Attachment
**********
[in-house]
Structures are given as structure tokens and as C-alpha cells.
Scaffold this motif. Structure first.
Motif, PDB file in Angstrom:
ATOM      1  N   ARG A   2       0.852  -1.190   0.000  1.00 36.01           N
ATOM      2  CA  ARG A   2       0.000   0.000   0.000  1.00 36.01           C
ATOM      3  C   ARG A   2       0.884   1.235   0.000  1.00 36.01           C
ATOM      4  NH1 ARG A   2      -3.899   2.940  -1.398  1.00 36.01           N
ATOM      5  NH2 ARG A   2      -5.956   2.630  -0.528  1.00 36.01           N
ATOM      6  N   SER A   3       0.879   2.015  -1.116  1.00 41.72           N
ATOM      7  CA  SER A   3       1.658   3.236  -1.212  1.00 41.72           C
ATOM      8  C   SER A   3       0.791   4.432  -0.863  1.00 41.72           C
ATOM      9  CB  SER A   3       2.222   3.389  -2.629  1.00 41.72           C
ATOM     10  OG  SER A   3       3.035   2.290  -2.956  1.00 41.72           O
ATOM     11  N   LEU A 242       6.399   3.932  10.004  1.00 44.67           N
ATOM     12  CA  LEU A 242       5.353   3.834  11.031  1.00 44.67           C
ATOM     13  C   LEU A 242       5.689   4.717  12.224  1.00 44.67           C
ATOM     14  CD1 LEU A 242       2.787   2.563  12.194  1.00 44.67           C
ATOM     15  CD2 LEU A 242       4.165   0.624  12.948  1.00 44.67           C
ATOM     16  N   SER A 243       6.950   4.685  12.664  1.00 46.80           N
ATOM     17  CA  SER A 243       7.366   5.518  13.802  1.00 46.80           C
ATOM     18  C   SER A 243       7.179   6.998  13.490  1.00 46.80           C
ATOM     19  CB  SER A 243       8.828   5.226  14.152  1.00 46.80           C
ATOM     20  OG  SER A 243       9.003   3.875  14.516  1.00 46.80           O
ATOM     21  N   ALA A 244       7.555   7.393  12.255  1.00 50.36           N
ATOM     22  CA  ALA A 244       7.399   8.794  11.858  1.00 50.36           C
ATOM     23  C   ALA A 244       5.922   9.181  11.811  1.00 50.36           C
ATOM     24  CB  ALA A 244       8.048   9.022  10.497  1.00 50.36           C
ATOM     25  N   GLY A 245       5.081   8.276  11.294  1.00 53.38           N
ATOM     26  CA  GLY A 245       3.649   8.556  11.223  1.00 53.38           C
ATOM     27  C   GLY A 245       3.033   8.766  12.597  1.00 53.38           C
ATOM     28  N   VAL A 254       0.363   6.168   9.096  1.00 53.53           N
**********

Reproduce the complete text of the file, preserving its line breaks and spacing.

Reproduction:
[in-house]
Structures are given as structure tokens and as C-alpha cells.
Scaffold this motif. Structure first.
Motif, PDB file in Angstrom:
ATOM      1  N   ARG A   2       0.852  -1.190   0.000  1.00 36.01           N
ATOM      2  CA  ARG A   2       0.000   0.000   0.000  1.00 36.01           C
ATOM      3  C   ARG A   2       0.884   1.235   0.000  1.00 36.01           C
ATOM      4  NH1 ARG A   2      -3.899   2.940  -1.398  1.00 36.01           N
ATOM      5  NH2 ARG A   2      -5.956   2.630  -0.528  1.00 36.01           N
ATOM      6  N   SER A   3       0.879   2.015  -1.116  1.00 41.72           N
ATOM      7  CA  SER A   3       1.658   3.236  -1.212  1.00 41.72           C
ATOM      8  C   SER A   3       0.791   4.432  -0.863  1.00 41.72           C
ATOM      9  CB  SER A   3       2.222   3.389  -2.629  1.00 41.72           C
ATOM     10  OG  SER A   3       3.035   2.290  -2.956  1.00 41.72           O
ATOM     11  N   LEU A 242       6.399   3.932  10.004  1.00 44.67           N
ATOM     12  CA  LEU A 242       5.353   3.834  11.031  1.00 44.67           C
ATOM     13  C   LEU A 242       5.689   4.717  12.224  1.00 44.67           C
ATOM     14  CD1 LEU A 242       2.787   2.563  12.194  1.00 44.67           C
ATOM     15  CD2 LEU A 242       4.165   0.624  12.948  1.00 44.67           C
ATOM     16  N   SER A 243       6.950   4.685  12.664  1.00 46.80           N
ATOM     17  CA  SER A 243       7.366   5.518  13.802  1.00 46.80           C
ATOM     18  C   SER A 243       7.179   6.998  13.490  1.00 46.80           C
ATOM     19  CB  SER A 243       8.828   5.226  14.152  1.00 46.80           C
ATOM     20  OG  SER A 243       9.003   3.875  14.516  1.00 46.80           O
ATOM     21  N   ALA A 244       7.555   7.393  12.255  1.00 50.36           N
ATOM     22  CA  ALA A 244       7.399   8.794  11.858  1.00 50.36           C
ATOM     23  C   ALA A 244       5.922   9.181  11.811  1.00 50.36           C
ATOM     24  CB  ALA A 244       8.048   9.022  10.497  1.00 50.36           C
ATOM     25  N   GLY A 245       5.081   8.276  11.294  1.00 53.38           N
ATOM     26  CA  GLY A 245       3.649   8.556  11.223  1.00 53.38           C
ATOM     27  C   GLY A 245       3.033   8.766  12.597  1.00 53.38           C
ATOM     28  N   VAL A 254       0.363   6.168   9.096  1.00 53.53           N